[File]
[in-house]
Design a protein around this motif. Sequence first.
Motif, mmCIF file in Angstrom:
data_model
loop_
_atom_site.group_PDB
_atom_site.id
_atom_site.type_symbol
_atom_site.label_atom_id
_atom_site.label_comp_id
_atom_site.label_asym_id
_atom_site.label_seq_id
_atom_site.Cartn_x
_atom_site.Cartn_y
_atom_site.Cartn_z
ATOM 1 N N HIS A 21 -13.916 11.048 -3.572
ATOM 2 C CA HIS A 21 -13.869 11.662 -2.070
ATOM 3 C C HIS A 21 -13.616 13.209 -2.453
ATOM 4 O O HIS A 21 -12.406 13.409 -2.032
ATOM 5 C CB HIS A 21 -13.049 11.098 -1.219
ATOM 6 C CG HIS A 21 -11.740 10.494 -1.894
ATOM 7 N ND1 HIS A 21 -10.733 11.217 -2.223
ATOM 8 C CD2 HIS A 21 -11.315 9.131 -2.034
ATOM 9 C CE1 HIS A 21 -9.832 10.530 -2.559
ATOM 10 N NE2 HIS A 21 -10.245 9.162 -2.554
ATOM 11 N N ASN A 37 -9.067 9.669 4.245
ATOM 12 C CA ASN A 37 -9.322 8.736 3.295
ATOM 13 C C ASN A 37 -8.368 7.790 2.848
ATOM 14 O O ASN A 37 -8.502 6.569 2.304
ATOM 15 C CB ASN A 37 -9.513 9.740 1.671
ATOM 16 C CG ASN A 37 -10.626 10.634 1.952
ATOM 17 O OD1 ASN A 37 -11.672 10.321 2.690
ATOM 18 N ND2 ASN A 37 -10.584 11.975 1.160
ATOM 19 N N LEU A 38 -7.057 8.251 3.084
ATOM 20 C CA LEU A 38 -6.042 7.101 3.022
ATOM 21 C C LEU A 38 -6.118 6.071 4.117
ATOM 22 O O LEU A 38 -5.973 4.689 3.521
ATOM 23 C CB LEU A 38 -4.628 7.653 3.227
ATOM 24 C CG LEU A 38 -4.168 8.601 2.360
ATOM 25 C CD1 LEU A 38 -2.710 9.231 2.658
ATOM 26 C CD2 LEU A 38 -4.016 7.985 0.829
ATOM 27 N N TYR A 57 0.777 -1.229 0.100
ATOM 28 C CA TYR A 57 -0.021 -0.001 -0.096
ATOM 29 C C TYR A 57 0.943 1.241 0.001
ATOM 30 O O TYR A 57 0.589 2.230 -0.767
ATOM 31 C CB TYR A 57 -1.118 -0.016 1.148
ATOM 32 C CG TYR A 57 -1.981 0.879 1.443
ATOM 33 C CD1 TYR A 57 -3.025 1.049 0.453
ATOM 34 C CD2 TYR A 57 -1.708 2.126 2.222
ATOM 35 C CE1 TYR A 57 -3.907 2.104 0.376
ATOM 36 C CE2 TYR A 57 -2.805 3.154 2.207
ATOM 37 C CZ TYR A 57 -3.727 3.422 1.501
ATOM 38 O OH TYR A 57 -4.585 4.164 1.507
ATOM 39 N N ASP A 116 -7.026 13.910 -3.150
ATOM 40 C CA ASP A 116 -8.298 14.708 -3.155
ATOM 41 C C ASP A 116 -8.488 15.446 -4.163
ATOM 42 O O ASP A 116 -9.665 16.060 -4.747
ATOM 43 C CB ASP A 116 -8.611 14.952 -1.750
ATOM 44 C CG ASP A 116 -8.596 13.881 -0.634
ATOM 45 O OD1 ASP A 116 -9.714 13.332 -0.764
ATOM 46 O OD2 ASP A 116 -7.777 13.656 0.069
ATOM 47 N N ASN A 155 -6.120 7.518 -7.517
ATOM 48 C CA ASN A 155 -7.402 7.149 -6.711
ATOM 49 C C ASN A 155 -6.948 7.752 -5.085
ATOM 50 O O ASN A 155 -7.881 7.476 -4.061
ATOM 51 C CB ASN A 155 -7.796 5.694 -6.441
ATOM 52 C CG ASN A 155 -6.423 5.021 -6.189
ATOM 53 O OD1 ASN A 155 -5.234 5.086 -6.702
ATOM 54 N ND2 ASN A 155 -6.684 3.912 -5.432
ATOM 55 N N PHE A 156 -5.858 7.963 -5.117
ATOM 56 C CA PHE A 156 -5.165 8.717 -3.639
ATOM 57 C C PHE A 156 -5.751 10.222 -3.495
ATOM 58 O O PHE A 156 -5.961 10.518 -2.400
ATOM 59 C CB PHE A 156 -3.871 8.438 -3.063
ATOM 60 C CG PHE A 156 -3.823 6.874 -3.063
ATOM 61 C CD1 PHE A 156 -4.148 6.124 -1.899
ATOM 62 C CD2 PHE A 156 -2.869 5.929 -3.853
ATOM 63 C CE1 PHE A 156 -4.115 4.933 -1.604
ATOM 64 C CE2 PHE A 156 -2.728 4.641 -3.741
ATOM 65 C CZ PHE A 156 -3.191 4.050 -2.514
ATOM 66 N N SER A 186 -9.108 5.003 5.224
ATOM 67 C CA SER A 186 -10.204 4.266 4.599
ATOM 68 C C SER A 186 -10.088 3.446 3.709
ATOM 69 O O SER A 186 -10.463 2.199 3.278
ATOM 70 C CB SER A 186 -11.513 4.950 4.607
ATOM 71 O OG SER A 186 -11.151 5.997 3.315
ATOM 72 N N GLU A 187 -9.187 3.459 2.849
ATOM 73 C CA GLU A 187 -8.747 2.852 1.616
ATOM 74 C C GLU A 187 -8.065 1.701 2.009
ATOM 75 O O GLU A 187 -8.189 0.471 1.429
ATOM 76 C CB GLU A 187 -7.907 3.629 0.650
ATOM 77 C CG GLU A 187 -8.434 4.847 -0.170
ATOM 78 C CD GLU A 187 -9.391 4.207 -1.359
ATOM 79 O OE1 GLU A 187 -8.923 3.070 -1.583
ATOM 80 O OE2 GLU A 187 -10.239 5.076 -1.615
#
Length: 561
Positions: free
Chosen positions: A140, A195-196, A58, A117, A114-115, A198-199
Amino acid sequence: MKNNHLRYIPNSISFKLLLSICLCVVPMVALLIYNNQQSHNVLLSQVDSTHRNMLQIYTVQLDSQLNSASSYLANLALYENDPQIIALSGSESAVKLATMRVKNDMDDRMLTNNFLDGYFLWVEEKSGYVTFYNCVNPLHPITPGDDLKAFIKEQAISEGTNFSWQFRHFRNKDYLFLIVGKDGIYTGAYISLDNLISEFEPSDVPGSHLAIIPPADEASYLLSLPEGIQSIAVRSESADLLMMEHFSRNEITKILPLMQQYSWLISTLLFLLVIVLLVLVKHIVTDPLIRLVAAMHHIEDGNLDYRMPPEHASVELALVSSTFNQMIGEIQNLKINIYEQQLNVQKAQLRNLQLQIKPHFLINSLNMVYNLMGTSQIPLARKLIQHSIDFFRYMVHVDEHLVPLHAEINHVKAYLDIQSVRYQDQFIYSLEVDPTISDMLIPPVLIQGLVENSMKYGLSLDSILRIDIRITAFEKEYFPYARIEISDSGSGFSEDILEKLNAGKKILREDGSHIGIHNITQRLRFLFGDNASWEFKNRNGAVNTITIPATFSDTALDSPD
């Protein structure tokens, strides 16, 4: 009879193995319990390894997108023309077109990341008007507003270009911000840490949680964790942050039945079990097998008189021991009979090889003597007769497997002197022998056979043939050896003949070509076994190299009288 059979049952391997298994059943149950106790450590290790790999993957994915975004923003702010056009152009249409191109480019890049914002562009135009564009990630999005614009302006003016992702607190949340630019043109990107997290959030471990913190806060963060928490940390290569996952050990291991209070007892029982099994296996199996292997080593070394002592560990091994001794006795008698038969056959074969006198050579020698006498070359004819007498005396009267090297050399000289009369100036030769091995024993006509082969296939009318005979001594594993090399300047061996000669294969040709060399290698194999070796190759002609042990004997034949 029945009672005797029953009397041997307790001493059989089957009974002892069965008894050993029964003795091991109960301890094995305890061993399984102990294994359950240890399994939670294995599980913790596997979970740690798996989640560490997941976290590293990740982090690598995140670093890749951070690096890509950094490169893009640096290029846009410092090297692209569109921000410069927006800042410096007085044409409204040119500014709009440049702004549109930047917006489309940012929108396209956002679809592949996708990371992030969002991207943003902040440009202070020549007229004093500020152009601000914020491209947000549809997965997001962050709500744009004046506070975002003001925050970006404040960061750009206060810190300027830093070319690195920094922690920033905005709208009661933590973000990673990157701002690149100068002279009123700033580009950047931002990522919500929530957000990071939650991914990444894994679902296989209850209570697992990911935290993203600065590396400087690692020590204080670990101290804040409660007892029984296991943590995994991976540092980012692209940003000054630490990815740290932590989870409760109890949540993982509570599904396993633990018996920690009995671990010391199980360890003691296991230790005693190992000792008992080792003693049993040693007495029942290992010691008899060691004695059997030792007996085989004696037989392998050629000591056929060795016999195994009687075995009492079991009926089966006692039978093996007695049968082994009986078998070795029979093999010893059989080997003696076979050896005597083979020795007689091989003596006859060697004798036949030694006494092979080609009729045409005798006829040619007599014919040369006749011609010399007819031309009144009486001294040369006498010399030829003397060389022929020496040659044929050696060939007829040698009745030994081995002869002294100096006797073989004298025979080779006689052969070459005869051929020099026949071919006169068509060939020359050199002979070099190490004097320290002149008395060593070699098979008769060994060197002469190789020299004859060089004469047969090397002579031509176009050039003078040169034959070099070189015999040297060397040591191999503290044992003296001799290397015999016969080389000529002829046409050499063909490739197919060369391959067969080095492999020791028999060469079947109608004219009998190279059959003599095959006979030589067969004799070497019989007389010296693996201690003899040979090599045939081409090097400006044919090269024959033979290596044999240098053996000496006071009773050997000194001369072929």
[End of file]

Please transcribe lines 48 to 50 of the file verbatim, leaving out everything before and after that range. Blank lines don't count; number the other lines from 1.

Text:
ATOM 33 C CD1 TYR A 57 -3.025 1.049 0.453
ATOM 34 C CD2 TYR A 57 -1.708 2.126 2.222
ATOM 35 C CE1 TYR A 57 -3.907 2.104 0.376